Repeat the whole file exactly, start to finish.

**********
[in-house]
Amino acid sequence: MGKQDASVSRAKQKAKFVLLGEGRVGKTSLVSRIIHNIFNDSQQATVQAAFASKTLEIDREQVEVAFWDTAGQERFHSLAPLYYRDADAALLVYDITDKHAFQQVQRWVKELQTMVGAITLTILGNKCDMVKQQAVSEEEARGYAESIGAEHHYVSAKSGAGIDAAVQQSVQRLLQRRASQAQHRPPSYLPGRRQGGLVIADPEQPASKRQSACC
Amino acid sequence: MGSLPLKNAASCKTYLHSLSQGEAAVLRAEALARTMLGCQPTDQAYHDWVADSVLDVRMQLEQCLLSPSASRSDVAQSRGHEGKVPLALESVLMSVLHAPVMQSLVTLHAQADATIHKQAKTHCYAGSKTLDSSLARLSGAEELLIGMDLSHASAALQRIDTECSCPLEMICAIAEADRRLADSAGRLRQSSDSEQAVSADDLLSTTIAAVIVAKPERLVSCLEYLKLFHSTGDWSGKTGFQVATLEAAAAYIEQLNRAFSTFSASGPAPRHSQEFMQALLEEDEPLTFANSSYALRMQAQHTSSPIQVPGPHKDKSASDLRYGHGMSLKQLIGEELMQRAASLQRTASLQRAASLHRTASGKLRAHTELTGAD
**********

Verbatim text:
[in-house]
Amino acid sequence: MGKQDASVSRAKQKAKFVLLGEGRVGKTSLVSRIIHNIFNDSQQATVQAAFASKTLEIDREQVEVAFWDTAGQERFHSLAPLYYRDADAALLVYDITDKHAFQQVQRWVKELQTMVGAITLTILGNKCDMVKQQAVSEEEARGYAESIGAEHHYVSAKSGAGIDAAVQQSVQRLLQRRASQAQHRPPSYLPGRRQGGLVIADPEQPASKRQSACC
Amino acid sequence: MGSLPLKNAASCKTYLHSLSQGEAAVLRAEALARTMLGCQPTDQAYHDWVADSVLDVRMQLEQCLLSPSASRSDVAQSRGHEGKVPLALESVLMSVLHAPVMQSLVTLHAQADATIHKQAKTHCYAGSKTLDSSLARLSGAEELLIGMDLSHASAALQRIDTECSCPLEMICAIAEADRRLADSAGRLRQSSDSEQAVSADDLLSTTIAAVIVAKPERLVSCLEYLKLFHSTGDWSGKTGFQVATLEAAAAYIEQLNRAFSTFSASGPAPRHSQEFMQALLEEDEPLTFANSSYALRMQAQHTSSPIQVPGPHKDKSASDLRYGHGMSLKQLIGEELMQRAASLQRTASLQRAASLHRTASGKLRAHTELTGAD